Breast cancer death rates declined nearly 40 percent between 1989 and 2015, averting 322,600 deaths, according to the American Cancer Society.
A gene test informing women how likely they are to develop breast cancer could soon be used on high-risk groups. The research team has discovered for the first time that healthy breast tissue contains more of the bacterial species Methylobacterium, a finding which could offer a new perspective in the battle against breast cancer.
In India, over 1.50 lakh are diagnosed with breast cancer every year.
The Think Pink Malawi initiative in conjunction with International Women Association of Malawi (IWAM) this week started events to bring awareness to breast cancer in the entire month of October.
He said: "This is a massive game changer for breast cancer where we now have tests which can give accurate risk in the whole population, those with a family history and those with BRCA mutations".
As reported by The Washington Post, breast cancer death rates increased by 0.4 percent per year from 1975 to 1989, according to the study.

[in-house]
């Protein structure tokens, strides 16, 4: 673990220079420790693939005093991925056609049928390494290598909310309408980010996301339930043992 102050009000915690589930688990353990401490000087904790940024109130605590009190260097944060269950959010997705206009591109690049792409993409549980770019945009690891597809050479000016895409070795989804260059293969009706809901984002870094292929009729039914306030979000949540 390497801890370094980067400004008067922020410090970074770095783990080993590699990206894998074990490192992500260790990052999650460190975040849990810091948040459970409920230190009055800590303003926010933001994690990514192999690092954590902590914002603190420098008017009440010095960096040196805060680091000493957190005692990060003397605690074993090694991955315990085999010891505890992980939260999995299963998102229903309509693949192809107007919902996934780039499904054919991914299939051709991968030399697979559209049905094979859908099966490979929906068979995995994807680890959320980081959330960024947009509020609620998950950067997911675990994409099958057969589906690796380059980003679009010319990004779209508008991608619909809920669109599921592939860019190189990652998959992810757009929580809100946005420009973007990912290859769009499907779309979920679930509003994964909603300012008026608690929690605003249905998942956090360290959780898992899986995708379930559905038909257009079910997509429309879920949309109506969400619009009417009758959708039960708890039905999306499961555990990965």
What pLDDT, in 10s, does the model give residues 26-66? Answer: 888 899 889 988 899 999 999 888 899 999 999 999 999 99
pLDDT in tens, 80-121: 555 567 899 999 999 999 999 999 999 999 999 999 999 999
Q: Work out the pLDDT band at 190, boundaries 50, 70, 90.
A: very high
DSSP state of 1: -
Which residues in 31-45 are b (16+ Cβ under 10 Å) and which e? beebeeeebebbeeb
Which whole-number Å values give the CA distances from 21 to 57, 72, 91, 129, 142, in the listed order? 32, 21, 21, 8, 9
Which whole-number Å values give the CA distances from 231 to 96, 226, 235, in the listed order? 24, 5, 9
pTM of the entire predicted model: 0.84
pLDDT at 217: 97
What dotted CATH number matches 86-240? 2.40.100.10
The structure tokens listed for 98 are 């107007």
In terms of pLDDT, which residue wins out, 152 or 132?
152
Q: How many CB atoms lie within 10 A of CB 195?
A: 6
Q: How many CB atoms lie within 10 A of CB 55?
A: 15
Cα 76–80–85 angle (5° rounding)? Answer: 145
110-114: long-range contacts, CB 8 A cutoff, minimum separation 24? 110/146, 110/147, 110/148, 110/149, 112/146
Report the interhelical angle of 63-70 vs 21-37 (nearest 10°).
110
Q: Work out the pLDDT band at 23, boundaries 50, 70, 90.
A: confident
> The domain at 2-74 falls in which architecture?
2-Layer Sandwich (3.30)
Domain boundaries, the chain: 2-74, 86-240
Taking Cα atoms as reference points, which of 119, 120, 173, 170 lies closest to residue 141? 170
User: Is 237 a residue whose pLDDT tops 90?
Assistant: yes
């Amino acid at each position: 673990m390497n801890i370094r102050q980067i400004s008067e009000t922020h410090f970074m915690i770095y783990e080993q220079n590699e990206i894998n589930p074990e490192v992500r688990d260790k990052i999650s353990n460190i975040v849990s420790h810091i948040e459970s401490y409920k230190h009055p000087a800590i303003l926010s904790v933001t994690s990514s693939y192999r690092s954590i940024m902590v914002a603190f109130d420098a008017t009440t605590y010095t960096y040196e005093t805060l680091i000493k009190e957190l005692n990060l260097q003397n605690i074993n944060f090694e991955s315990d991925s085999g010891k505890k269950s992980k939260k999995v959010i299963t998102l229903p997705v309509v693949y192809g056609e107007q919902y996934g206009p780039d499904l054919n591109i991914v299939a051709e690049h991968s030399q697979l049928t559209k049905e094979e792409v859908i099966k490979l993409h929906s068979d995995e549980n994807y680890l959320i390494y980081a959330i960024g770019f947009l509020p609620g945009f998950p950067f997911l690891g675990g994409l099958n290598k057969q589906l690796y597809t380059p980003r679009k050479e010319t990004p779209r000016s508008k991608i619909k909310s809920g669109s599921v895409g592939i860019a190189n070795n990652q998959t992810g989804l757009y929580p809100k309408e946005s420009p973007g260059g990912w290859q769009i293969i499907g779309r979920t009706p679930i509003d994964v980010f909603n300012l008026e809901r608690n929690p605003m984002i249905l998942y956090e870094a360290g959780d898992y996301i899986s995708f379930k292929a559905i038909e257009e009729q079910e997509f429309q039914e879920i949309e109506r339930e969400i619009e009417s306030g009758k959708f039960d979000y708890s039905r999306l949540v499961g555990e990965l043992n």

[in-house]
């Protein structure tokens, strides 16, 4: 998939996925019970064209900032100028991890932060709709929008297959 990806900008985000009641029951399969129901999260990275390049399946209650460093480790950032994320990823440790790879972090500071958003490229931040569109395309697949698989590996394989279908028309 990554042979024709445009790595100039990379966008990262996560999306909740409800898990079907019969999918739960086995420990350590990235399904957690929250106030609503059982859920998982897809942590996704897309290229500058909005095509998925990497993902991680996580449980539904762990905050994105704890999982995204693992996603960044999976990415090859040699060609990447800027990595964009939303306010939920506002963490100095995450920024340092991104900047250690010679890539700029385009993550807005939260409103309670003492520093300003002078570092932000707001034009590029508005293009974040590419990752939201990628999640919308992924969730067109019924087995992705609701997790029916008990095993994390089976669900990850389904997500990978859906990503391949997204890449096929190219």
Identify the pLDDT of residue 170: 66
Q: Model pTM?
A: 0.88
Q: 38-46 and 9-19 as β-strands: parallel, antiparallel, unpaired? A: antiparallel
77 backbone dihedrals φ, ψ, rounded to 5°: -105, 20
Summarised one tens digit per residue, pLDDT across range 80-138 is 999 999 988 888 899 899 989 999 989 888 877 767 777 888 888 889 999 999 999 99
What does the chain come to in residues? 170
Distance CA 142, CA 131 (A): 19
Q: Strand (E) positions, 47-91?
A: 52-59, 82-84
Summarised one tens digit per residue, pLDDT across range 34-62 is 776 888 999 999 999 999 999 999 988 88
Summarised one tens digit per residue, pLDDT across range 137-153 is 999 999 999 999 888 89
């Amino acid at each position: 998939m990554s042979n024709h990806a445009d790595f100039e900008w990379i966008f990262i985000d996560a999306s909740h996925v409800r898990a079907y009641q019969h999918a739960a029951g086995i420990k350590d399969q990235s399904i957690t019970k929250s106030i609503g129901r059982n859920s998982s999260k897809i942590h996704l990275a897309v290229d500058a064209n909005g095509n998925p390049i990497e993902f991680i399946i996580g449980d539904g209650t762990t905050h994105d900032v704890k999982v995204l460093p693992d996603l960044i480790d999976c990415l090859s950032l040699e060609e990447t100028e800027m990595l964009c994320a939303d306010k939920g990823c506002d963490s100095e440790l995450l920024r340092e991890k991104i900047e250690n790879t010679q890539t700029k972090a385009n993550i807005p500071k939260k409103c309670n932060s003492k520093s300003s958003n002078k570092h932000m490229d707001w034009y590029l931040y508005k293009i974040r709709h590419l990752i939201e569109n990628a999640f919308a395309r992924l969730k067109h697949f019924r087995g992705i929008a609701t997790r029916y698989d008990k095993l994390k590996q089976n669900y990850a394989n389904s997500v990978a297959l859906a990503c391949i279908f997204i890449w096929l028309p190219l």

And while Caucasian women and African-American women are afflicted with breast cancer at roughly the same rate, the death rate for African-American women is substantially higher, about 42 percent more, according to the American Cancer Society. Recently, it also added the mammogram machine to their lab equipment, thereby justifying that it is indeed the best facility in the country for detecting breast cancer at an early stage. Proceeds from the event back the center's patient resource program.
The key to fighting cancer, especially breast cancer, is detection.
Among those who participated in the event were breast cancer survivors, their parents, students and interested youngsters.
The Manchester researchers behind the test said it could reduce the number of women having surgery to remove their breasts, by narrowing down their risk.
The Single Nucleotide Polymorphism (SNP) test will initially be available for patients having tests at St Mary's Hospital and Wythenshawe Hospital in Manchester for BRCA1 and 2 gene mutations, with a family history of breast cancer. Encourage those you know to get screened and adopt a healthier lifestyle.